Dr Grant Jacobs, a computational biologist, has critically examined a Fairfax NZ News article titled, Homeopathy key for dairy farming couple. It has been spread to other sites, including pro-homeopathy sites.
On his Code for Life blog, Jacobs asks if the information in the reports, as it was published, was worth sharing.
The story under examination tells of Piopio organic dairy farmers Nick and Jo Collins, who say they have found both personal and professional success in their holistic approach to farming, which includes decades-long use of homeopathy for animal health issues.
Milking 250 crossbred cows on 130 hectares effective, the Collins have been using homeopathy for all of their working lives and have had excellent results.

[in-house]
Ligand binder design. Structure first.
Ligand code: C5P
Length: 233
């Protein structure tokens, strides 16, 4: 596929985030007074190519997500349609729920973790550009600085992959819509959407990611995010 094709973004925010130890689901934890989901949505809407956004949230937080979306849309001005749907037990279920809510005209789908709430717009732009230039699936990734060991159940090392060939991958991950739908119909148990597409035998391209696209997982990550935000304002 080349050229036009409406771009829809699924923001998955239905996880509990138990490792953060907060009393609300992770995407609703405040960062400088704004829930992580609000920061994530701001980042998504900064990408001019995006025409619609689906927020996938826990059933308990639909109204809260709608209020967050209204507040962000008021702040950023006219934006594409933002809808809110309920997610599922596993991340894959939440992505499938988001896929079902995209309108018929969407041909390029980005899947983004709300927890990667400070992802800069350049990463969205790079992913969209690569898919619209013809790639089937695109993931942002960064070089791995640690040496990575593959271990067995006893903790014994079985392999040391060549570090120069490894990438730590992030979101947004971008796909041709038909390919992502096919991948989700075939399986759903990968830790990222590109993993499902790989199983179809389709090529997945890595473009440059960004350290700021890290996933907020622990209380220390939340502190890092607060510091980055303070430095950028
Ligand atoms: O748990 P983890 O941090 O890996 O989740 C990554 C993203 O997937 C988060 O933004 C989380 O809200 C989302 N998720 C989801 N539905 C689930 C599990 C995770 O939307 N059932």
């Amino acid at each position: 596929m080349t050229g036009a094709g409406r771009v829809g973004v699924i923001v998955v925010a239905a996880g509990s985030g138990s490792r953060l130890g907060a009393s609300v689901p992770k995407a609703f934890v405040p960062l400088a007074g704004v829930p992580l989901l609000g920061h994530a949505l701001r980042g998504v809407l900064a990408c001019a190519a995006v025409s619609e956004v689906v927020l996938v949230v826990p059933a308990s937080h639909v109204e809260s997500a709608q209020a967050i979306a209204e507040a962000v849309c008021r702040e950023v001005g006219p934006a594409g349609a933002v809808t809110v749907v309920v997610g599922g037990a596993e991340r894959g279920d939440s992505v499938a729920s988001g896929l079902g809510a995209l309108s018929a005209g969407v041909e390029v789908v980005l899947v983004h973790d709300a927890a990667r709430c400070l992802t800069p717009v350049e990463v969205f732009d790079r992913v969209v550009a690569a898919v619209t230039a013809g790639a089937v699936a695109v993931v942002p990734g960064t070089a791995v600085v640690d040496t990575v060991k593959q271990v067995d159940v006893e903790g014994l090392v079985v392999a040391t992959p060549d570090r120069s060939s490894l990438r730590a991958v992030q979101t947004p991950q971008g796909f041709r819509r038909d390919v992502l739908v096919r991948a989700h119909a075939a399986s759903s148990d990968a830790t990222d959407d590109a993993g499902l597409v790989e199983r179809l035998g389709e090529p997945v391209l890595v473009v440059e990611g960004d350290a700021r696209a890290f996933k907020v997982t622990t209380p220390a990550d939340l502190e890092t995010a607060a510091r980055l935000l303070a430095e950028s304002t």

But Jacobs observes that the story offers no explanation of what homeopathy is or if it is a sound practice.
He also asks why there is no commentary from farming specialists – veterinarians or animal health experts – about the farm couple’s decision to embrace homeopathy.
Another issue is animal welfare and why this has not been considered in the article – or the ethics of using ineffective remedies on livestock.
This article in Stuff reminds me of wider issues, in particular issues of quality control.
Media organisations, particularly as a consequence of cost-cutting measures, seem to be shedding responsibility for quality control, leaving it in the hands of general-beat journalists while the organisations remove specialist editing and specialist journalist posts that might offer better quality information.
He concludes: What should we do to ensure the soundness of news information then? Rely on science bloggers?